What does your headache look like?
That is the question that University of Wisconsin pediatric neurologist Carl Stafstrom, M.D., Ph.D., has been asking children for almost 10 years.
Based on the results of his decade-long study being published in the March 2002 edition of the medical journal Pediatrics, Stafstrom says that children's drawings can help doctors diagnose and plan treatment for children's headaches.
In his study, "The Usefulness of Children's Drawings in the Diagnosis of Headache," Stafstrom found drawings to be an effective way to differentiate migraine from tension headaches in children. In 226 children who had complained of headaches, drawings were about 90 percent accurate in predicting the correct diagnosis.
Stafstrom conducted his research by giving children paper and pencils to keep them busy while he conferred with their parents. He asked each child to draw a picture of his or her headache.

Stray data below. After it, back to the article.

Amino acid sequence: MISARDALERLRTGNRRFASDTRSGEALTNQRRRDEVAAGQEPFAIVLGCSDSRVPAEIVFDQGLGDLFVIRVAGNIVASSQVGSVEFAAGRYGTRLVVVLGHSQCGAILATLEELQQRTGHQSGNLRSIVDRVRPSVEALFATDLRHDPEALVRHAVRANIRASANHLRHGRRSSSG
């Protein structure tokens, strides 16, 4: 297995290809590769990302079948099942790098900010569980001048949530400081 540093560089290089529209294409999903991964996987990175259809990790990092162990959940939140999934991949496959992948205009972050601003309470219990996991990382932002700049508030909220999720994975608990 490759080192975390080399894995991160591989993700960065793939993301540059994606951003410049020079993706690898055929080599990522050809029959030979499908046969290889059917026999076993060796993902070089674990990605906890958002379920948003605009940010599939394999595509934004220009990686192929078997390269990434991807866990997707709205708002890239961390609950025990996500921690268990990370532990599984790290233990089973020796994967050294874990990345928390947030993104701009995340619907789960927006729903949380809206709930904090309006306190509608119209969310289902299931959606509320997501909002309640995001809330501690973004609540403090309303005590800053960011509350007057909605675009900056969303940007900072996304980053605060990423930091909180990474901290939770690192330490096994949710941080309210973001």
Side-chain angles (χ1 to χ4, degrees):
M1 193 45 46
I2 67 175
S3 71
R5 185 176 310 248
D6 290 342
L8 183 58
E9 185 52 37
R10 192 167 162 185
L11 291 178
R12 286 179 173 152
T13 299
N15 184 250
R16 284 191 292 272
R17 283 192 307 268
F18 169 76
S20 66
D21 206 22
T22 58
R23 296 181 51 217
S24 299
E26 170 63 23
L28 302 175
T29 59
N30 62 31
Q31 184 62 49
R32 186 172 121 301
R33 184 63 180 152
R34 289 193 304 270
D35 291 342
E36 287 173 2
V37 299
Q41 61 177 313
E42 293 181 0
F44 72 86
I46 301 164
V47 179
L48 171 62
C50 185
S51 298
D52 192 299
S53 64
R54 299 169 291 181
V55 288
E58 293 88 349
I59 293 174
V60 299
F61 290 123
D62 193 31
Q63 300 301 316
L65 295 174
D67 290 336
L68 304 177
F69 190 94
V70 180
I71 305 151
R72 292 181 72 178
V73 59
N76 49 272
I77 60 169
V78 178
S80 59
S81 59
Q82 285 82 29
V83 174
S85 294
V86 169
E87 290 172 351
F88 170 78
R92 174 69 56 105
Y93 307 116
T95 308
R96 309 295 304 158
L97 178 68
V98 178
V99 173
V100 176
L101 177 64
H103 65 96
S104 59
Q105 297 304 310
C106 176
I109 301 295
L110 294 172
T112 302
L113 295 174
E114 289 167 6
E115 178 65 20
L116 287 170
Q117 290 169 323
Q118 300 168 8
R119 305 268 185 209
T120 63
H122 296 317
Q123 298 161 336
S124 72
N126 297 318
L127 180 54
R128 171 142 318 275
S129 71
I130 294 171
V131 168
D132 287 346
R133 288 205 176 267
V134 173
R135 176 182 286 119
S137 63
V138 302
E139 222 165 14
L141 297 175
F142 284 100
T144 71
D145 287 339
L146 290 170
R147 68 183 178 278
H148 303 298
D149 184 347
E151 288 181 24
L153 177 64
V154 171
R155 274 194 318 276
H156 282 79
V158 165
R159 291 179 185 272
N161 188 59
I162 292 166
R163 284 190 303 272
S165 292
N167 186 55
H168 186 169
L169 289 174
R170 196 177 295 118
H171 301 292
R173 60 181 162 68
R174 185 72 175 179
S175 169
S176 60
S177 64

"Over time," Stafstrom says, "I was amazed by the elaborate detail and insight that headache drawings were taking on," he said. "A picture is worth a thousand words."
As it turned out, artistic diagnoses correctly identified migraine headaches 87 percent of the time and non-migraine, or tension headaches 91 percent of the time.
Children suffering from migraines typically drew pictures that showed objects hitting the head, such as hammers, baseball bats, high-heeled shoes, bottles or rocks. By comparison, children who experienced the more common tension headaches drew pictures that showed a squeezing pain, such as a tight rope or band wrapped around the head.
Because the treatment for migraine and tension headaches are substantially different, Stafstrom's findings could be incredibly valuable, especially in the case of young children who cannot articulate their symptoms.
"This is a relatively simple approach that pediatricians can use in their offices," he said.